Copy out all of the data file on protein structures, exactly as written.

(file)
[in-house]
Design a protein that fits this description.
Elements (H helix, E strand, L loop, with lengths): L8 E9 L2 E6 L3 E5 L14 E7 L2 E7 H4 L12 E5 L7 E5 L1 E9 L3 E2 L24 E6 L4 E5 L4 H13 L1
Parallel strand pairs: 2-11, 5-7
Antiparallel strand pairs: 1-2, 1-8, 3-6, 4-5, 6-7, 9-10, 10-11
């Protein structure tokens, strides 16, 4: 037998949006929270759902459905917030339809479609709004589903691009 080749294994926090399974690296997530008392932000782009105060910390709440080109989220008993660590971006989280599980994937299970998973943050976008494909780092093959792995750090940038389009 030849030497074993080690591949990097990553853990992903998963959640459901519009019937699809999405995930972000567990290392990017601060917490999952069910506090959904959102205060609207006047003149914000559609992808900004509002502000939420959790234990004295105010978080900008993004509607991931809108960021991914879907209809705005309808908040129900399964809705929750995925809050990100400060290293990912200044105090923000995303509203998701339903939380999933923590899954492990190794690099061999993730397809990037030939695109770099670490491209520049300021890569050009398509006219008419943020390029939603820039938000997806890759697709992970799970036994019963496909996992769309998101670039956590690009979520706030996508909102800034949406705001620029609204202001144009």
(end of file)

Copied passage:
[in-house]
Design a protein that fits this description.
Elements (H helix, E strand, L loop, with lengths): L8 E9 L2 E6 L3 E5 L14 E7 L2 E7 H4 L12 E5 L7 E5 L1 E9 L3 E2 L24 E6 L4 E5 L4 H13 L1
Parallel strand pairs: 2-11, 5-7
Antiparallel strand pairs: 1-2, 1-8, 3-6, 4-5, 6-7, 9-10, 10-11
């Protein structure tokens, strides 16, 4: 037998949006929270759902459905917030339809479609709004589903691009 080749294994926090399974690296997530008392932000782009105060910390709440080109989220008993660590971006989280599980994937299970998973943050976008494909780092093959792995750090940038389009 030849030497074993080690591949990097990553853990992903998963959640459901519009019937699809999405995930972000567990290392990017601060917490999952069910506090959904959102205060609207006047003149914000559609992808900004509002502000939420959790234990004295105010978080900008993004509607991931809108960021991914879907209809705005309808908040129900399964809705929750995925809050990100400060290293990912200044105090923000995303509203998701339903939380999933923590899954492990190794690099061999993730397809990037030939695109770099670490491209520049300021890569050009398509006219008419943020390029939603820039938000997806890759697709992970799970036994019963496909996992769309998101670039956590690009979520706030996508909102800034949406705001620029609204202001144009």